Title:

Mathematical modelling of droplets climbing an oscillating plane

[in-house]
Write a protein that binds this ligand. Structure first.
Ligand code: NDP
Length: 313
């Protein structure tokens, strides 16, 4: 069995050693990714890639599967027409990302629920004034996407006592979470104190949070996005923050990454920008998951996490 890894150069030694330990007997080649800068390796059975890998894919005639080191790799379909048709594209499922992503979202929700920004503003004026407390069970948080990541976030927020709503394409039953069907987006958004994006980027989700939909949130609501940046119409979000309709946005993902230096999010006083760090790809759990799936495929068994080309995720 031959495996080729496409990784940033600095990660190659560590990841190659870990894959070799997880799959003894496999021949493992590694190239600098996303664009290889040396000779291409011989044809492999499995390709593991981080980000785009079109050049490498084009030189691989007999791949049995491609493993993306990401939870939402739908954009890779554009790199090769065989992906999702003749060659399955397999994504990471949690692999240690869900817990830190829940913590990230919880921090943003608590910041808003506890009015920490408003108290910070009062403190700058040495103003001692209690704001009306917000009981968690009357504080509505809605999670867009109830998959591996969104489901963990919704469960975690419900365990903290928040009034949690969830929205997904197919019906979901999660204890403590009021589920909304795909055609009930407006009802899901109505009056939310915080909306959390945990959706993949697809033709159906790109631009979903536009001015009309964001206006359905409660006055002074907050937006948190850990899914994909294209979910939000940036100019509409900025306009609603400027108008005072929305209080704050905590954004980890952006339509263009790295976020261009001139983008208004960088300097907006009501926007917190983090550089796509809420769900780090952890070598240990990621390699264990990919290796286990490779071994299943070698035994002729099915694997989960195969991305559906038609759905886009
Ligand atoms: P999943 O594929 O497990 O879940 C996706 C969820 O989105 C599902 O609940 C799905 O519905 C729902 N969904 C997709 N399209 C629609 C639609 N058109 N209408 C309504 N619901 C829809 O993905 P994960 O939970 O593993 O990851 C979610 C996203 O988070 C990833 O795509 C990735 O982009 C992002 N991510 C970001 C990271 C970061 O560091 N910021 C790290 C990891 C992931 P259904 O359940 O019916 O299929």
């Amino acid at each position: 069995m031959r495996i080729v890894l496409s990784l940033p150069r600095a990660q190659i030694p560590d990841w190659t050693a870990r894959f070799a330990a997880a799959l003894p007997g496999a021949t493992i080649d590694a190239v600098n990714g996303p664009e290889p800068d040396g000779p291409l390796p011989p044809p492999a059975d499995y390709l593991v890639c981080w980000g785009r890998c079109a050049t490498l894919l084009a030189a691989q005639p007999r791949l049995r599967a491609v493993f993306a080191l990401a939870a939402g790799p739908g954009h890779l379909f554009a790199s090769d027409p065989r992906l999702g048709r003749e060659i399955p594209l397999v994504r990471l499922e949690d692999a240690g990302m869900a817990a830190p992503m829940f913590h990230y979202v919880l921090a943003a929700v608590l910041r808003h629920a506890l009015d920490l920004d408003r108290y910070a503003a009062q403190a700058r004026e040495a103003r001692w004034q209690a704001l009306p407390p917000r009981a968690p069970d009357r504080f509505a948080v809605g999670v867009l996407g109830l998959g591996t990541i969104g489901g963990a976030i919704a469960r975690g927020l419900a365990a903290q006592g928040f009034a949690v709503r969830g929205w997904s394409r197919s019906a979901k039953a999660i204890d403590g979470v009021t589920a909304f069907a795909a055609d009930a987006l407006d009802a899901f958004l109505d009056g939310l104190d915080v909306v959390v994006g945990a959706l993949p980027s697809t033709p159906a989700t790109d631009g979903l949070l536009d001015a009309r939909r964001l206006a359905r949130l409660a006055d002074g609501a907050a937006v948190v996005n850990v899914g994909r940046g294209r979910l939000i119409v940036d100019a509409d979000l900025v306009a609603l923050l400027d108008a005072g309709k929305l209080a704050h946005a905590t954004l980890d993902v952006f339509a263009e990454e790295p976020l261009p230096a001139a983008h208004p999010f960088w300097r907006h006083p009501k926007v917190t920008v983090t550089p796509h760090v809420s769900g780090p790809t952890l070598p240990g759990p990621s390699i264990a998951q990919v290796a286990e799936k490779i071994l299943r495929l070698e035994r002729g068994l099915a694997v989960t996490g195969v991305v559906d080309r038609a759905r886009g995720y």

Recent experiments [P. Brunet, J. Eggers, and R. Deegan, Phys. Rev. Lett. 99, 114501 (2007)] have shown that a liquid droplet on an inclined plane can be made to move uphill by sufficiently strong, vertical oscillations. In order to investigate this counterintuitive phenomenon we will derive three different models that qualitatively reproduce the main features of the experiment. For the first model the liquid's inertia and viscosity are assumed negligible, so that the motion of the droplet is dominated by the applied acceleration due to the oscillation of the plate, gravity and surface tension and that the droplet is thin. We explain how the leading order motion of the droplet can be separated into a spreading mode and a swaying mode. For a linear contact line law, the maximum rise velocity occurs when the frequencies of oscillation of the two modes are in phase. We show that, both with and without contact angle hysteresis, the droplet can climb uphill and also that, for certain contact line laws, the motion of the droplet can produce footprints similar to experimental results. We show that if the two modes are out of phase when there is no contact angle hysteresis, the inclusion of hysteresis can force them into phase. This in turn increases the rise velocity of the droplet and can, in some cases, cause a sliding droplet to climb. For the second model we use a twodimensional flow where the Reynolds number is assumed large enough for viscosity to be neglected. We show that the leading order motion of the droplet can be separated into the same two modes and the net motion of the droplet is an oscillatory function of the frequency. For increasingly nonwetting droplets we discover that the rise velocity begins to oscillate very rapidly as a function of the static contact angle. What we also discover is that the change in the free surface of the droplet is actually a wave travelling travelling across the droplet, and the amount of modes present coincide with the rapid change in the rise velocity. Using a cubic contact line law and contact angle hysteresis we observe a droplet that can climb uphill for parameter values similar to that of the experiment. With the addition of a time dependent term within the contact line law we show that it is possible to obtain a multivalued relationship between the velocity of the contact line and the respective contact angles, reproducing experimental observations seen for unsteady, moving contact lines. For the third model we again assume that the liquid's viscosity is negligible, similar to model 2, only now for a threedimensional, thin droplet. For very small amplitudes the motion of the droplet is a combination of a swaying mode and a spreading mode that interact causing a net motion of the droplet. This motion is found to be an oscillatory function of the driving frequency and the magnitude of the peak rise velocity is proportional to one over the frequency squared. By examining the velocity of the centre of the droplet and the displacement of the contact line we see that the absolute maximums of both of these, over one period of oscillation, contain natural frequencies, which are evenly spaced with respect to the square root of the frequency of the oscillation.